Vt. Dems in attack mode after McDonald comments

MONTPELIER – The Vermont Democratic Party has both barrels blazing as it responds to recent comments from state Republican Party Chairwoman Pat McDonald, and its doing all it can to link the state GOP to the Republicans in Washington, D.C

McDonald issued a news release last week that criticized Gov. Peter Shumlin's handling of the economy before Tropical Storm Irene caused major flooding in the state on Aug. 28. She also outlined a five-point plan to “get Vermont back on track quickly” after the flood, a plan that called for education finance reforms and a rejection of new taxes to pay for the recovery, among other things.

She also called for a freeze on non-essential, non-Irene spending.

Later, she told Vermont Public Radio there were “legitimate discussions to be had” about how the country funds disaster aid – a reference to the fight over budget offsets U.S. House Republicans were seeking to pay for disaster spending.

The Vermont Dems have pounced, issuing a news release Tuesday and another one Wednesday taking McDonald to task.

They're using McDonald's apparent endorsement of budget offsets for disaster aid to try to make as close a link as they can between the state GOP and the U.S. House Republicans, who have been less-than-forthcoming with disaster cash.

The Vermont Republican Party has embraced the extremist partisan agenda of the Tea Party movement in response to Tropical Storm Irene,” Tuesday's attack began.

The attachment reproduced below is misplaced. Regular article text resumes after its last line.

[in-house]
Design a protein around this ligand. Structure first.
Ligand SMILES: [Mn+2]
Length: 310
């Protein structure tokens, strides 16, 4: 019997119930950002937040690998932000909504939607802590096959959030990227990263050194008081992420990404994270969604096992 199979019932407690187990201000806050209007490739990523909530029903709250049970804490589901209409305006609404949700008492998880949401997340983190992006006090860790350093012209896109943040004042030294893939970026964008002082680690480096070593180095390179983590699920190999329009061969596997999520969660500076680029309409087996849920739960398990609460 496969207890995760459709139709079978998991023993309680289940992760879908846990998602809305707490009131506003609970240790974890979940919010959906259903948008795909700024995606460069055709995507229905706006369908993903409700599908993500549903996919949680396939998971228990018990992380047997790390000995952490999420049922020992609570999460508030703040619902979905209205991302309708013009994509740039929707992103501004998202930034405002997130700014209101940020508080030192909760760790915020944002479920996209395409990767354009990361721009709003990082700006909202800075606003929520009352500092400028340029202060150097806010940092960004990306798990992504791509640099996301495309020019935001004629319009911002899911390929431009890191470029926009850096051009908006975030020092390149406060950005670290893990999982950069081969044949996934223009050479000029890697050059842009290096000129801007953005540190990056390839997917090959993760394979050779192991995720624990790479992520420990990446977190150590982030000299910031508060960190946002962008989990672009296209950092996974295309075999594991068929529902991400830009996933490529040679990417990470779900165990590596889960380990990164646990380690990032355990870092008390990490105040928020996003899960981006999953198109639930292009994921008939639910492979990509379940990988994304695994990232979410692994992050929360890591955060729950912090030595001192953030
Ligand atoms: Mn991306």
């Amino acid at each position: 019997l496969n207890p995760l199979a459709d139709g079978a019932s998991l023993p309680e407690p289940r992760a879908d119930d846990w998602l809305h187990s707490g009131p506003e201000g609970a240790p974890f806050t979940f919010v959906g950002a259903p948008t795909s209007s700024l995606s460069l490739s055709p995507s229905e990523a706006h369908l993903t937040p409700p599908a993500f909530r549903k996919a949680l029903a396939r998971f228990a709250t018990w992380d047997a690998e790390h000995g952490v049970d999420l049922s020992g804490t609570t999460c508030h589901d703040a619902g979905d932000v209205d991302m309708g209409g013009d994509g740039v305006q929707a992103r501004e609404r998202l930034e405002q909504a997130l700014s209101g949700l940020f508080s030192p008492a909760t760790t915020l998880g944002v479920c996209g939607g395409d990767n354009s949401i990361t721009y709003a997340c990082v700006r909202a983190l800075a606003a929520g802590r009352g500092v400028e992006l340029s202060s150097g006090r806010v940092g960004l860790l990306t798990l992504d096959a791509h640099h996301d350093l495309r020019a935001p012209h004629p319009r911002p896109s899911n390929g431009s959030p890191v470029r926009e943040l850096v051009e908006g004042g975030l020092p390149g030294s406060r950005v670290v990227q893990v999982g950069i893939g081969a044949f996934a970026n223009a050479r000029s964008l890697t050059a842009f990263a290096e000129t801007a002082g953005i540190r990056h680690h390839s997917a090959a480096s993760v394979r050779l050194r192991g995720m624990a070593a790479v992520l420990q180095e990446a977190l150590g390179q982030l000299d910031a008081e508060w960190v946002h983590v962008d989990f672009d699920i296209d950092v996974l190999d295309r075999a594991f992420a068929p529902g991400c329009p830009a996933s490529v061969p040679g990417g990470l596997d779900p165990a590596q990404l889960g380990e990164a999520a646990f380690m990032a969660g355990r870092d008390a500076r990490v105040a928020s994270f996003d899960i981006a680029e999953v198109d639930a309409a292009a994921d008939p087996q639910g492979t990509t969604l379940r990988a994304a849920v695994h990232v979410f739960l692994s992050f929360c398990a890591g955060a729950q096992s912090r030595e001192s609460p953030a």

From the latest attack issued Wednesday:

“Just like their Tea Party colleagues in Washington, the Vermont GOP leadership is intent on pitting people against each other for their own political gain,” Jake Perkinson, Vermont Democratic Party Chairman, said in a written statement.

Are the Vermont Dems taking free on-air advice from Eric Davis, the retired Middlebury College political science professor and frequent political commentator? The day before the Vermont Dem's attacks started, Davis told VPR that a link between the Vermont GOP and the U.S. House Republicans could hurt the party in the state.

If the Vermont Republican Party's leadership is seen in any way as supportive of what the House Republicans are doing in Washington, that could be very damaging for the Republican Party brand in Vermont in the next cycle,” Davis said. 


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